National / Media | Japan Pulse

Organizing guru Marie Kondo sparks plenty of joy on social media

by Tom Hanaway

Staff Writer

A new year in Japan means it’s time for ōsōji, the annual cleaning of one’s home. And, right on schedule, Netflix has released “Tidying Up with Marie Kondo” to give us all some inspiration — or make us feel guilty for putting it off.

The eight-episode series follows organizing guru Marie Kondo as she helps American families organize, compartmentalize and, most importantly, throw away piles of stuff in their homes. Kondo meets a variety of households, from expecting parents and a grieving widow to a same-sex couple, and convinces them to toss anything in their homes that doesn’t “spark joy,” which she describes as filling their hearts with happiness.

That “spark” is the main idea behind Kondo’s “KonMari” method, which has turned her into an international cleaning superstar. Her philosophy of downsizing has lead to a best-selling book, the aforementioned Netflix series and being named one of the 100 most influential people in the world by Time Magazine in 2015.

The show has sparked a lot of joy with people online, as Kondo floats through people’s homes, disassembling their closets and occasionally speaking a few crucial lines in English.

“I love mess,” Kondo says in one episode as she opens a homeowner’s disorganized dresser drawers. Her onscreen translator, Marie Iida, tries to fill in the gaps as Kondo rattles off tidying tips, but not everything translates well. (When Kondo says “sparking joy” should feel like “kyun!”, Iida jokingly explains she can’t translate the squeal.)

These funny moments have created a garage-full of memes online, as well as jokes from people who are skeptical about the KonMari method.

Twitter user @adamjmoussa tweeted a photo of Kondo holding a contestant’s child with a caption that read, “This baby does not spark joy for me, so it will have to go.”

Meanwhile, @kashanacauley took it a step further, writing “After a heated discussion with Marie Kondo I’ve decided to throw myself in the trash.”

And the zingers didn’t stop there.

“Marie Kondo is holding me at knifepoint and demanding that I throw out my husband’s ashes,” wrote @bridger_w.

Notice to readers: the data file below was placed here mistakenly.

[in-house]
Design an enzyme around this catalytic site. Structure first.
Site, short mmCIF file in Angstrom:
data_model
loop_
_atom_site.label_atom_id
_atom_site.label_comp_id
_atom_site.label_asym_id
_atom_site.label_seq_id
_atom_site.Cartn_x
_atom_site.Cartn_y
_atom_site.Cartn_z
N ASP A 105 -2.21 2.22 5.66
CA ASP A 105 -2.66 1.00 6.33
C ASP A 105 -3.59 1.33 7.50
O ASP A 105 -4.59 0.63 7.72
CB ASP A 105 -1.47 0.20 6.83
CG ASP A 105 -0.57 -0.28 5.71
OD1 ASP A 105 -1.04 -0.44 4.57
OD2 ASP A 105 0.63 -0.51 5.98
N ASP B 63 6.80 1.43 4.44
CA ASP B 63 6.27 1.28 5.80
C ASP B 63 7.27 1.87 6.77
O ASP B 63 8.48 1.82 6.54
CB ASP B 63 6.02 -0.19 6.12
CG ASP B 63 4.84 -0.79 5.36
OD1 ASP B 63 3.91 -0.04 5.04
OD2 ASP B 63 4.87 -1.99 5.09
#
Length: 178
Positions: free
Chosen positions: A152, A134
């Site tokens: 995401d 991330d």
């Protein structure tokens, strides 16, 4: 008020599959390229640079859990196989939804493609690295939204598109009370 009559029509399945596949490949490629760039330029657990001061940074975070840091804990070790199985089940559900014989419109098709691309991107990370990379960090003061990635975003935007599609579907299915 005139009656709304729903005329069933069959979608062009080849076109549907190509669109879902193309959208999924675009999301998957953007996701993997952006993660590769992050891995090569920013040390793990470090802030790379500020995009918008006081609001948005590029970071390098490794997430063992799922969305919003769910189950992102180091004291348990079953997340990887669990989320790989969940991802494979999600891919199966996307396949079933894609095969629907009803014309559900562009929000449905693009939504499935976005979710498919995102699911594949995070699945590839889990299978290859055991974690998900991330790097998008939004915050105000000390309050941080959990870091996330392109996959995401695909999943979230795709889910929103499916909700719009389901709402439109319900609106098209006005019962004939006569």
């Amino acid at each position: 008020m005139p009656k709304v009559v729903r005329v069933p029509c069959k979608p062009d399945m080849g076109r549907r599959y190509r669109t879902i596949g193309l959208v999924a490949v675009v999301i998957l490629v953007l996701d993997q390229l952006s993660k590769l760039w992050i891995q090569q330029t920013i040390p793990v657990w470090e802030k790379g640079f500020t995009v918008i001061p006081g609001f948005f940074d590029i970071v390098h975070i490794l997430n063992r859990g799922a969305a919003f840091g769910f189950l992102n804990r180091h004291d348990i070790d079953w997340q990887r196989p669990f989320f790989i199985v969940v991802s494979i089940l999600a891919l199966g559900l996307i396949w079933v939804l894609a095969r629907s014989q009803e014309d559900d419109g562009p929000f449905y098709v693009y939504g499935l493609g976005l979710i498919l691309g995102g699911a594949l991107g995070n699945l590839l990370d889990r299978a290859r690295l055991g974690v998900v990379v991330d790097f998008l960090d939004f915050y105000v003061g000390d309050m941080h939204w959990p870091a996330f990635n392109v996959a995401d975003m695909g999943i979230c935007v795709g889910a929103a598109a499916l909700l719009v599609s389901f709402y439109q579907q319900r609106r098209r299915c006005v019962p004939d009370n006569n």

The aspect of the show that horrified many readers was when Kondo encouraged homeowners to throw away any literature in their house that, yup, doesn’t spark joy.

“Wait Marie Kondo is telling people to toss their books? THEIR BOOKS?” posted @jowrotethis, accompanied by a gif of actress Betty Gabriel muttering “No, no, no, no, no, no.”

Meanwhile, @geekylonglegs wrote, “‘Fahrenheit 451’ predicted Mari Kondo saying to burn all books.”

America’s Kondo mania has been feted by likes of Elle, The Guardian, Cosmopolitan and VICE, with each outlet either focusing on the memes, the tidying tips or simply reviewing the show as pure entertainment.

Japanese Twitter on the other hand was only taken aback by how the show jumps back and forth between Kondo speaking Japanese and her translator speaking English, and how people overseas were getting upset online over the book suggestion.

Some people also questioned whether Kondo’s self-described “Japanese art of decluttering and organizing” was truly Japanese. Kondo starts each episode by “greeting” the house by sitting on the floor and sending out good vibes, which is something uniquely Marie.

Twitter user @orcshapeshifter said that people who criticize Kondo’s techniques, including her method of “waking up” books before tossing them, are being discriminatory. “Maybe interrogate *why* animism is so funny to you? Or why — as a bibliophile — the prospect of many books being donated so they can go to people who will cherish them all over again bothers you,” he wrote.

Other people online argued that Japanese homes are actually often filled to the ceiling with junk, so Kondo may be the exception instead of the rule. Twitter user @10mhardbacks created a thread on how “Japanese minimalism is built on LIES,” with plenty of people piling on with their favorite photos of messy Japanese homes and apartments. One snapshot features novelist Ango Sakaguchi’s cluttered home, where the floor is concealed under all of his books and papers.

Despite some naysayers, each episode of “Tidying Up with Marie Kondo” ends with the homeowners, sometimes in tears, talking about how grateful they are for the KonMari method and how painless the process was. This may seem like simply a feel-good moment of a former hoarder finding their way, but it’s simply a marketing move.

In the past few years, hundreds of people have become certified KonMari consultants, and Kondo plans to expand her army of cleaning cadets.

While it might sound scary to let a person come into your home and tell you what to throw away, Netflix’s show seems to be easing people into the idea and potentially turning viewers into customers long after the credits roll.

While we clean up our homes, Marie Kondo will be cleaning out our wallets — kyun!

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